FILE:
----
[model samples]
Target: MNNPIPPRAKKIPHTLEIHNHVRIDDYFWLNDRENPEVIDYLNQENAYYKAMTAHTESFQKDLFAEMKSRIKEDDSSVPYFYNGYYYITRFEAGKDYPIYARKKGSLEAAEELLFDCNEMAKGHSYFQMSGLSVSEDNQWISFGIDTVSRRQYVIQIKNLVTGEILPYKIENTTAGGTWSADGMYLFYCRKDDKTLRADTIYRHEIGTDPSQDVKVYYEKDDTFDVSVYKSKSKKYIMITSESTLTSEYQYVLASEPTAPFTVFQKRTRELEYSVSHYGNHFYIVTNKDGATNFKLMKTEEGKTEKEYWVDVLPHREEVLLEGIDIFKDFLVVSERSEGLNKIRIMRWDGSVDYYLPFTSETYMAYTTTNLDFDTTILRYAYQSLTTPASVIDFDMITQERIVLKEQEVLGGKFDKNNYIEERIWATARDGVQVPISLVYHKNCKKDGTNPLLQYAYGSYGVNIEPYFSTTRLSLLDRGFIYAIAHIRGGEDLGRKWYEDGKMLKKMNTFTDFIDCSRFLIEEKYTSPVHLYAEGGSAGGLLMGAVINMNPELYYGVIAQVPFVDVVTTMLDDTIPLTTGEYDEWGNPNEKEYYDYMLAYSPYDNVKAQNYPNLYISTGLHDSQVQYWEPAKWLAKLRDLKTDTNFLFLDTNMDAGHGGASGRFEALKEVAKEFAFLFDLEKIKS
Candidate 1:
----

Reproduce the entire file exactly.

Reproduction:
[model samples]
Target: MNNPIPPRAKKIPHTLEIHNHVRIDDYFWLNDRENPEVIDYLNQENAYYKAMTAHTESFQKDLFAEMKSRIKEDDSSVPYFYNGYYYITRFEAGKDYPIYARKKGSLEAAEELLFDCNEMAKGHSYFQMSGLSVSEDNQWISFGIDTVSRRQYVIQIKNLVTGEILPYKIENTTAGGTWSADGMYLFYCRKDDKTLRADTIYRHEIGTDPSQDVKVYYEKDDTFDVSVYKSKSKKYIMITSESTLTSEYQYVLASEPTAPFTVFQKRTRELEYSVSHYGNHFYIVTNKDGATNFKLMKTEEGKTEKEYWVDVLPHREEVLLEGIDIFKDFLVVSERSEGLNKIRIMRWDGSVDYYLPFTSETYMAYTTTNLDFDTTILRYAYQSLTTPASVIDFDMITQERIVLKEQEVLGGKFDKNNYIEERIWATARDGVQVPISLVYHKNCKKDGTNPLLQYAYGSYGVNIEPYFSTTRLSLLDRGFIYAIAHIRGGEDLGRKWYEDGKMLKKMNTFTDFIDCSRFLIEEKYTSPVHLYAEGGSAGGLLMGAVINMNPELYYGVIAQVPFVDVVTTMLDDTIPLTTGEYDEWGNPNEKEYYDYMLAYSPYDNVKAQNYPNLYISTGLHDSQVQYWEPAKWLAKLRDLKTDTNFLFLDTNMDAGHGGASGRFEALKEVAKEFAFLFDLEKIKS
Candidate 1: